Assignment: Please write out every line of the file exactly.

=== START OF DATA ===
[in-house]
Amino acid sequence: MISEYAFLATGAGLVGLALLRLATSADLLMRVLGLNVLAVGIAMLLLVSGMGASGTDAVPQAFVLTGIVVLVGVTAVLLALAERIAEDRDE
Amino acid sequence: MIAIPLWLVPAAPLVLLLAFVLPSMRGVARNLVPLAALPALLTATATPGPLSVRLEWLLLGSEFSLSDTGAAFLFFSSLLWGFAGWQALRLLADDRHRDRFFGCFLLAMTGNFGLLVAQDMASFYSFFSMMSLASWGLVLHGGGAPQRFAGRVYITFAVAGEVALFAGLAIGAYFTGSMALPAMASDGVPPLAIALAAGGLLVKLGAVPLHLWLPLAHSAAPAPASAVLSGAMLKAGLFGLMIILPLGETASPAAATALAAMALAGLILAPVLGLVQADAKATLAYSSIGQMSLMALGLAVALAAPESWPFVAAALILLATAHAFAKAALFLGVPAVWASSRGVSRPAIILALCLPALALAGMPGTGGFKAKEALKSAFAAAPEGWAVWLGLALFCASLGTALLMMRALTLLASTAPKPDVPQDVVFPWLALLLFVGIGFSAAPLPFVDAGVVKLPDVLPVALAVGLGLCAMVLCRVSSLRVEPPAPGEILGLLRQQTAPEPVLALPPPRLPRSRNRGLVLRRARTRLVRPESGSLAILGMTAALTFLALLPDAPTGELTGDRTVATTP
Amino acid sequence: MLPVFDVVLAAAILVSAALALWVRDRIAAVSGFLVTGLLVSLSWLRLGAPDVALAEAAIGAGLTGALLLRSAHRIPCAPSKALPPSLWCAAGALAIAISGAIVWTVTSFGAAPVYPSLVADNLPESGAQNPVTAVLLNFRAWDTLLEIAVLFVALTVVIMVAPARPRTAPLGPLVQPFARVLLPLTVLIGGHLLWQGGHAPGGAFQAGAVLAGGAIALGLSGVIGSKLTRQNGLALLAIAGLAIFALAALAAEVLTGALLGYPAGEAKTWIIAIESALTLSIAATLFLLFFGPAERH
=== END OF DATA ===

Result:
[in-house]
Amino acid sequence: MISEYAFLATGAGLVGLALLRLATSADLLMRVLGLNVLAVGIAMLLLVSGMGASGTDAVPQAFVLTGIVVLVGVTAVLLALAERIAEDRDE
Amino acid sequence: MIAIPLWLVPAAPLVLLLAFVLPSMRGVARNLVPLAALPALLTATATPGPLSVRLEWLLLGSEFSLSDTGAAFLFFSSLLWGFAGWQALRLLADDRHRDRFFGCFLLAMTGNFGLLVAQDMASFYSFFSMMSLASWGLVLHGGGAPQRFAGRVYITFAVAGEVALFAGLAIGAYFTGSMALPAMASDGVPPLAIALAAGGLLVKLGAVPLHLWLPLAHSAAPAPASAVLSGAMLKAGLFGLMIILPLGETASPAAATALAAMALAGLILAPVLGLVQADAKATLAYSSIGQMSLMALGLAVALAAPESWPFVAAALILLATAHAFAKAALFLGVPAVWASSRGVSRPAIILALCLPALALAGMPGTGGFKAKEALKSAFAAAPEGWAVWLGLALFCASLGTALLMMRALTLLASTAPKPDVPQDVVFPWLALLLFVGIGFSAAPLPFVDAGVVKLPDVLPVALAVGLGLCAMVLCRVSSLRVEPPAPGEILGLLRQQTAPEPVLALPPPRLPRSRNRGLVLRRARTRLVRPESGSLAILGMTAALTFLALLPDAPTGELTGDRTVATTP
Amino acid sequence: MLPVFDVVLAAAILVSAALALWVRDRIAAVSGFLVTGLLVSLSWLRLGAPDVALAEAAIGAGLTGALLLRSAHRIPCAPSKALPPSLWCAAGALAIAISGAIVWTVTSFGAAPVYPSLVADNLPESGAQNPVTAVLLNFRAWDTLLEIAVLFVALTVVIMVAPARPRTAPLGPLVQPFARVLLPLTVLIGGHLLWQGGHAPGGAFQAGAVLAGGAIALGLSGVIGSKLTRQNGLALLAIAGLAIFALAALAAEVLTGALLGYPAGEAKTWIIAIESALTLSIAATLFLLFFGPAERH